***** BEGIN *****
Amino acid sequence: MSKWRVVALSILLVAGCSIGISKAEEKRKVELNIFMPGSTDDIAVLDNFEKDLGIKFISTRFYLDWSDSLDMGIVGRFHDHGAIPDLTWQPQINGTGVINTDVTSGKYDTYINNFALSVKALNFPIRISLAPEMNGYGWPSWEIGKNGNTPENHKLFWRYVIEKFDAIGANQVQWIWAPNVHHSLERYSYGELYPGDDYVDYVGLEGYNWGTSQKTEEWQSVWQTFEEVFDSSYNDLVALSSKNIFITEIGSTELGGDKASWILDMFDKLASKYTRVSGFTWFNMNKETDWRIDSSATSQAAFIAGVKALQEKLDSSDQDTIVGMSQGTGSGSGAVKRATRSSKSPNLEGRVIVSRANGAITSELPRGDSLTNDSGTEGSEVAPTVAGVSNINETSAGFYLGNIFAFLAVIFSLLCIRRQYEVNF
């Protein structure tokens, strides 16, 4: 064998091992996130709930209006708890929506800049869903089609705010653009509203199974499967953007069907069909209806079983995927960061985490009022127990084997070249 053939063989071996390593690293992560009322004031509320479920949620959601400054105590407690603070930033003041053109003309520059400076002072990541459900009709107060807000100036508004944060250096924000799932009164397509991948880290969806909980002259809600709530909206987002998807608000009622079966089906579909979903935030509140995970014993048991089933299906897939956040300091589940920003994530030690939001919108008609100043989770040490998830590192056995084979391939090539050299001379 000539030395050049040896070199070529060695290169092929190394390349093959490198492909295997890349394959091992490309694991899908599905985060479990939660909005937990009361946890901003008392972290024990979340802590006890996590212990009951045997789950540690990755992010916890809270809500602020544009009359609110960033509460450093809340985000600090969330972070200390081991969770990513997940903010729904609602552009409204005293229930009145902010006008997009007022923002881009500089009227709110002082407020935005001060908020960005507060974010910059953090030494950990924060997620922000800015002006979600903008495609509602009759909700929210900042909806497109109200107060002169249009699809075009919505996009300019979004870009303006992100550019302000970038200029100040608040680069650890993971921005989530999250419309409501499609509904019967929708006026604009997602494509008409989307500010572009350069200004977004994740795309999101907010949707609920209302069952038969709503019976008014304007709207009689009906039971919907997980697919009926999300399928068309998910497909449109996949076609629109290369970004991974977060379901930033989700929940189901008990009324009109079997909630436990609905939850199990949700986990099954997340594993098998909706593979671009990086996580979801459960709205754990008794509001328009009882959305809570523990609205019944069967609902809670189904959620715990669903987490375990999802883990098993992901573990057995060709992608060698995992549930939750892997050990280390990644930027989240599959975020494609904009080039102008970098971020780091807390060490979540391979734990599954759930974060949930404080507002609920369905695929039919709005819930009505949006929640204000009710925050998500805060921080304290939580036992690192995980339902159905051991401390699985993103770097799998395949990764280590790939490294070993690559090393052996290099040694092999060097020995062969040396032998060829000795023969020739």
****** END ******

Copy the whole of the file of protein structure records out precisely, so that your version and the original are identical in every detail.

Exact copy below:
Amino acid sequence: MSKWRVVALSILLVAGCSIGISKAEEKRKVELNIFMPGSTDDIAVLDNFEKDLGIKFISTRFYLDWSDSLDMGIVGRFHDHGAIPDLTWQPQINGTGVINTDVTSGKYDTYINNFALSVKALNFPIRISLAPEMNGYGWPSWEIGKNGNTPENHKLFWRYVIEKFDAIGANQVQWIWAPNVHHSLERYSYGELYPGDDYVDYVGLEGYNWGTSQKTEEWQSVWQTFEEVFDSSYNDLVALSSKNIFITEIGSTELGGDKASWILDMFDKLASKYTRVSGFTWFNMNKETDWRIDSSATSQAAFIAGVKALQEKLDSSDQDTIVGMSQGTGSGSGAVKRATRSSKSPNLEGRVIVSRANGAITSELPRGDSLTNDSGTEGSEVAPTVAGVSNINETSAGFYLGNIFAFLAVIFSLLCIRRQYEVNF
């Protein structure tokens, strides 16, 4: 064998091992996130709930209006708890929506800049869903089609705010653009509203199974499967953007069907069909209806079983995927960061985490009022127990084997070249 053939063989071996390593690293992560009322004031509320479920949620959601400054105590407690603070930033003041053109003309520059400076002072990541459900009709107060807000100036508004944060250096924000799932009164397509991948880290969806909980002259809600709530909206987002998807608000009622079966089906579909979903935030509140995970014993048991089933299906897939956040300091589940920003994530030690939001919108008609100043989770040490998830590192056995084979391939090539050299001379 000539030395050049040896070199070529060695290169092929190394390349093959490198492909295997890349394959091992490309694991899908599905985060479990939660909005937990009361946890901003008392972290024990979340802590006890996590212990009951045997789950540690990755992010916890809270809500602020544009009359609110960033509460450093809340985000600090969330972070200390081991969770990513997940903010729904609602552009409204005293229930009145902010006008997009007022923002881009500089009227709110002082407020935005001060908020960005507060974010910059953090030494950990924060997620922000800015002006979600903008495609509602009759909700929210900042909806497109109200107060002169249009699809075009919505996009300019979004870009303006992100550019302000970038200029100040608040680069650890993971921005989530999250419309409501499609509904019967929708006026604009997602494509008409989307500010572009350069200004977004994740795309999101907010949707609920209302069952038969709503019976008014304007709207009689009906039971919907997980697919009926999300399928068309998910497909449109996949076609629109290369970004991974977060379901930033989700929940189901008990009324009109079997909630436990609905939850199990949700986990099954997340594993098998909706593979671009990086996580979801459960709205754990008794509001328009009882959305809570523990609205019944069967609902809670189904959620715990669903987490375990999802883990098993992901573990057995060709992608060698995992549930939750892997050990280390990644930027989240599959975020494609904009080039102008970098971020780091807390060490979540391979734990599954759930974060949930404080507002609920369905695929039919709005819930009505949006929640204000009710925050998500805060921080304290939580036992690192995980339902159905051991401390699985993103770097799998395949990764280590790939490294070993690559090393052996290099040694092999060097020995062969040396032998060829000795023969020739």